The American military command thought this was like any other war: you searched out the enemy, fixed him, killed him, and went home. The only measure of the war the Americans were interested in was quantitative. . .That the body count might be a misleading indicator did not penetrate the command; large stacks of dead Vietcong were taken as signs of success.
— David Halberstam, The Best and the Brightest
Economists preach that incentives matter, and this is true. But when we preach that incentive systems should be based on quantitative measures, we encourage business leaders and government policy makers to go badly wrong. Misleading statistics cause mis-leadership.
The debate over these practices too often gets channeled into a search for better measures of performance. But this side-steps the deeper problem, which is the illusion of control. Executives in business, non-profits, and government sometimes have too much faith in their ability to direct processes that operate deep inside the organization or the larger society. The statisticians and efficiency experts fail to appreciate the autonomy of human beings.
During the Vietnam War, Secretary of Defense Robert McNamara relied on quantitative measures, including the infamous body count, that showed progress. It turned out that these were the wrong indicators, or perhaps it was the wrong war to be fighting in the first place. The war was a tragedy of mis-leadership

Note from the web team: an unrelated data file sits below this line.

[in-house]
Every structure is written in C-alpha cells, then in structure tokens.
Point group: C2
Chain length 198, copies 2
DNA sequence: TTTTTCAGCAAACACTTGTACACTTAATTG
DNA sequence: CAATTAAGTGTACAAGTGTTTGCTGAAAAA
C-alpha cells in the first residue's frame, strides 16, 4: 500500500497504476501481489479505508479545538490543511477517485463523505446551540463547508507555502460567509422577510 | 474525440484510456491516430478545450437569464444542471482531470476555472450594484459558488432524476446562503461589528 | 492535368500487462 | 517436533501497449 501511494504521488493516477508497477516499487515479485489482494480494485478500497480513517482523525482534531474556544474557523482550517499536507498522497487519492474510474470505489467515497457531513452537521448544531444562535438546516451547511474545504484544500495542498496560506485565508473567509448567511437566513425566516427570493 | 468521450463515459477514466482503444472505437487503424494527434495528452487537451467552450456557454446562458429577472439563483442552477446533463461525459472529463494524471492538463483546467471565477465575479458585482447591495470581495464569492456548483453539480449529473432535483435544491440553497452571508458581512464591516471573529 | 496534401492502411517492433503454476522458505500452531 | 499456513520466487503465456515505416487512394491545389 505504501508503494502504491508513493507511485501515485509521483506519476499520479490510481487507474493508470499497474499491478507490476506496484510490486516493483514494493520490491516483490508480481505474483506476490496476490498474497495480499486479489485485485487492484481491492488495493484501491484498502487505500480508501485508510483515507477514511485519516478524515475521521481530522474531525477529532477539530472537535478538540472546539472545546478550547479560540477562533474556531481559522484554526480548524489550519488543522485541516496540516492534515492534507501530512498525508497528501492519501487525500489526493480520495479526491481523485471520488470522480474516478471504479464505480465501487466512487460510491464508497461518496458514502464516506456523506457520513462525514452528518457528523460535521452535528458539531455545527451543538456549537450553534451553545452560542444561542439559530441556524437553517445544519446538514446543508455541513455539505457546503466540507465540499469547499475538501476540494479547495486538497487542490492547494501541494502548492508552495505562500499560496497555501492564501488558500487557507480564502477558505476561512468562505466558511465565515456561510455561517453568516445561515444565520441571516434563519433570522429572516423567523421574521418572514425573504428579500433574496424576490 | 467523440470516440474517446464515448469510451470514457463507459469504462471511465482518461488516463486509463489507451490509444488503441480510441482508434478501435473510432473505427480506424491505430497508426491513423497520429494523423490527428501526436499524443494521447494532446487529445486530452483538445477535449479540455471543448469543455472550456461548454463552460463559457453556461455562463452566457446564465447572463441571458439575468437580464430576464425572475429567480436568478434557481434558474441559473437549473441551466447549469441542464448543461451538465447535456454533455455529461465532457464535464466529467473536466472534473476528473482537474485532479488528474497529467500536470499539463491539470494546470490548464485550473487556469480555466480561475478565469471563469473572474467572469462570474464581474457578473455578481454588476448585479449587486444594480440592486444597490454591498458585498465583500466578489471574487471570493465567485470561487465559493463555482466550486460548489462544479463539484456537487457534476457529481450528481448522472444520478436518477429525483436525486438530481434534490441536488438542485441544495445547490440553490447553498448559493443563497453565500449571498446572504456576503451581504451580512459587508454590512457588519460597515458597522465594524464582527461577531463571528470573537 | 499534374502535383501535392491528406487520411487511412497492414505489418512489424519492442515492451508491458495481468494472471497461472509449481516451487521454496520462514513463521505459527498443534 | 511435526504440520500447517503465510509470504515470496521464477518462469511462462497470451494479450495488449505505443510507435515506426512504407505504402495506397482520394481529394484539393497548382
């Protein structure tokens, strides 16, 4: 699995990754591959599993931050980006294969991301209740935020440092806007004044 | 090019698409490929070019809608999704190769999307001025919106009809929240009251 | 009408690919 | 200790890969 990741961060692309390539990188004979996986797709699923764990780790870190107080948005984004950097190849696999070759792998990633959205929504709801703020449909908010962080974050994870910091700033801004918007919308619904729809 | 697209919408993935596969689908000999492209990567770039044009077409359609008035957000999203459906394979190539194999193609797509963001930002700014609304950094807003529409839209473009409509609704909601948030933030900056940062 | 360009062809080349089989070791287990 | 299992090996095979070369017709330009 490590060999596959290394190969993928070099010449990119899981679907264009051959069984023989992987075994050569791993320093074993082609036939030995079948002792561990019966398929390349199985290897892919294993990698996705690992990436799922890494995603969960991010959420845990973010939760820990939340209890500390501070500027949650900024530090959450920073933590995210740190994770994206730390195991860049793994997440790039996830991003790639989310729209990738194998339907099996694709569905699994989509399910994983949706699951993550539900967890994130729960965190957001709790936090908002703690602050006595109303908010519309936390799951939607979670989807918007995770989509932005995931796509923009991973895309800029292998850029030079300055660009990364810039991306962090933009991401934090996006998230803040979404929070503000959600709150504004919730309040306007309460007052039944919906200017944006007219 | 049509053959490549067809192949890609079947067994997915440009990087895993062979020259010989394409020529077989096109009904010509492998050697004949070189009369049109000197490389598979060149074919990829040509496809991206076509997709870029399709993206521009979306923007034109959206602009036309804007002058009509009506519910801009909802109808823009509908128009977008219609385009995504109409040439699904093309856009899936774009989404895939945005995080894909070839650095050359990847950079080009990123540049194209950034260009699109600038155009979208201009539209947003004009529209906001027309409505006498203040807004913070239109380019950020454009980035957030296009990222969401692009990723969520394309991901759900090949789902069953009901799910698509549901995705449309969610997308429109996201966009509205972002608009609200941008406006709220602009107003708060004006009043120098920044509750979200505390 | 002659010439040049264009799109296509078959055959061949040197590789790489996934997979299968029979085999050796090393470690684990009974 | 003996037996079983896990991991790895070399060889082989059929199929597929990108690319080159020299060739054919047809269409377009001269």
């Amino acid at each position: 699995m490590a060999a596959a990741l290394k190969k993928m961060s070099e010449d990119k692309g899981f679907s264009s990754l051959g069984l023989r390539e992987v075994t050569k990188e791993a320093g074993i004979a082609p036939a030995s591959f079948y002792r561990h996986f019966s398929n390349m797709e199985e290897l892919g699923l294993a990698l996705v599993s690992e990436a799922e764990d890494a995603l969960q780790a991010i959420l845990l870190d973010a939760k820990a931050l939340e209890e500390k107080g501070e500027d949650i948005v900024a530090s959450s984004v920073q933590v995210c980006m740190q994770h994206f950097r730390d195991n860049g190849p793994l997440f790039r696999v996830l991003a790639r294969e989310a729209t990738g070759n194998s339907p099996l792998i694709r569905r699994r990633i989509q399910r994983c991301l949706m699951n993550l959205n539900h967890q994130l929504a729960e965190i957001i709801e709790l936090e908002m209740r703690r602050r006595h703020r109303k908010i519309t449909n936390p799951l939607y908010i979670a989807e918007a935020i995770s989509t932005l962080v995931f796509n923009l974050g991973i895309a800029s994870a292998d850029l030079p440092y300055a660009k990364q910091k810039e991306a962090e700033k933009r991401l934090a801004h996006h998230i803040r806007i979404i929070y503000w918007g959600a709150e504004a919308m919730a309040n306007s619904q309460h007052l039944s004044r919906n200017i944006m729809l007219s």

Closer to home, years ago when we moved to a new neighborhood a friend excitedly told us that average test scores at the local elementary school were the highest in the region. It turned out that this was achieved by the school administrators telling weaker students to stay home on test day. The state Board of Education, believing that publicizing test scores would lead schools to undertake real improvements, was engaging in mis-leadership.
For more examples of mis-leadership involving quantitative measures, I recommend a recent book, The Tyranny of Metrics, by Jerry Z. Muller. Also, a recent article by Megan McArdle, Metrics and Their Unintended Consequences, gives still more examples.
The problems with quantitative measures are well known. One is what Muller calls goal diversion. In a complex situation, such as the Vietnam War, there are many intermediate objectives to be met. Measuring one objective, attrition of the enemy, diverted attention from other objectives, including winning the hearts and minds of the local population.
Another problem is what Muller calls corruption, in which the numerical goal is met by means that subvert its intent. Corruption is illustrated by my example of the school that boosted its scores by telling weaker students to stay home on test days. Another example of corruption is the Wells Fargo fake accounts scandal.